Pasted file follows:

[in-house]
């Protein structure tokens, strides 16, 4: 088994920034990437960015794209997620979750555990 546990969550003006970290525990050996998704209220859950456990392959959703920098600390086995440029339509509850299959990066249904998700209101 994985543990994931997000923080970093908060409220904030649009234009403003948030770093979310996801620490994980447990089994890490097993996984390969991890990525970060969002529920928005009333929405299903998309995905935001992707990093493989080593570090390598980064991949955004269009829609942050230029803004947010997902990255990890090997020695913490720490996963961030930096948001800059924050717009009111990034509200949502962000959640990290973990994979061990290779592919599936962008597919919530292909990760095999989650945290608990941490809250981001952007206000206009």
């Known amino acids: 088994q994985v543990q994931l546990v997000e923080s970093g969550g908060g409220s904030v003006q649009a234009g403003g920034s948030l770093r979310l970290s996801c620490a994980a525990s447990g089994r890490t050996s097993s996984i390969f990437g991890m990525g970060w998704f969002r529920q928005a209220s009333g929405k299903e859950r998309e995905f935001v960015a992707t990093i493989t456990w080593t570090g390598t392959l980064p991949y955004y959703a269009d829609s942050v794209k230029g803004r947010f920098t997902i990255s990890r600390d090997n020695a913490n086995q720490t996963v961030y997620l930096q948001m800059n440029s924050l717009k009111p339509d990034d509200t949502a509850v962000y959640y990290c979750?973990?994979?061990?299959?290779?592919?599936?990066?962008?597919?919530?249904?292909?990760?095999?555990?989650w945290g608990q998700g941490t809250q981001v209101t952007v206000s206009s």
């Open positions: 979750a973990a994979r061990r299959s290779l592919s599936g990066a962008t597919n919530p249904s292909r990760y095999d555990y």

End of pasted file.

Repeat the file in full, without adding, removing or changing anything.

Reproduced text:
[in-house]
């Protein structure tokens, strides 16, 4: 088994920034990437960015794209997620979750555990 546990969550003006970290525990050996998704209220859950456990392959959703920098600390086995440029339509509850299959990066249904998700209101 994985543990994931997000923080970093908060409220904030649009234009403003948030770093979310996801620490994980447990089994890490097993996984390969991890990525970060969002529920928005009333929405299903998309995905935001992707990093493989080593570090390598980064991949955004269009829609942050230029803004947010997902990255990890090997020695913490720490996963961030930096948001800059924050717009009111990034509200949502962000959640990290973990994979061990290779592919599936962008597919919530292909990760095999989650945290608990941490809250981001952007206000206009």
């Known amino acids: 088994q994985v543990q994931l546990v997000e923080s970093g969550g908060g409220s904030v003006q649009a234009g403003g920034s948030l770093r979310l970290s996801c620490a994980a525990s447990g089994r890490t050996s097993s996984i390969f990437g991890m990525g970060w998704f969002r529920q928005a209220s009333g929405k299903e859950r998309e995905f935001v960015a992707t990093i493989t456990w080593t570090g390598t392959l980064p991949y955004y959703a269009d829609s942050v794209k230029g803004r947010f920098t997902i990255s990890r600390d090997n020695a913490n086995q720490t996963v961030y997620l930096q948001m800059n440029s924050l717009k009111p339509d990034d509200t949502a509850v962000y959640y990290c979750?973990?994979?061990?299959?290779?592919?599936?990066?962008?597919?919530?249904?292909?990760?095999?555990?989650w945290g608990q998700g941490t809250q981001v209101t952007v206000s206009s």
């Open positions: 979750a973990a994979r061990r299959s290779l592919s599936g990066a962008t597919n919530p249904s292909r990760y095999d555990y």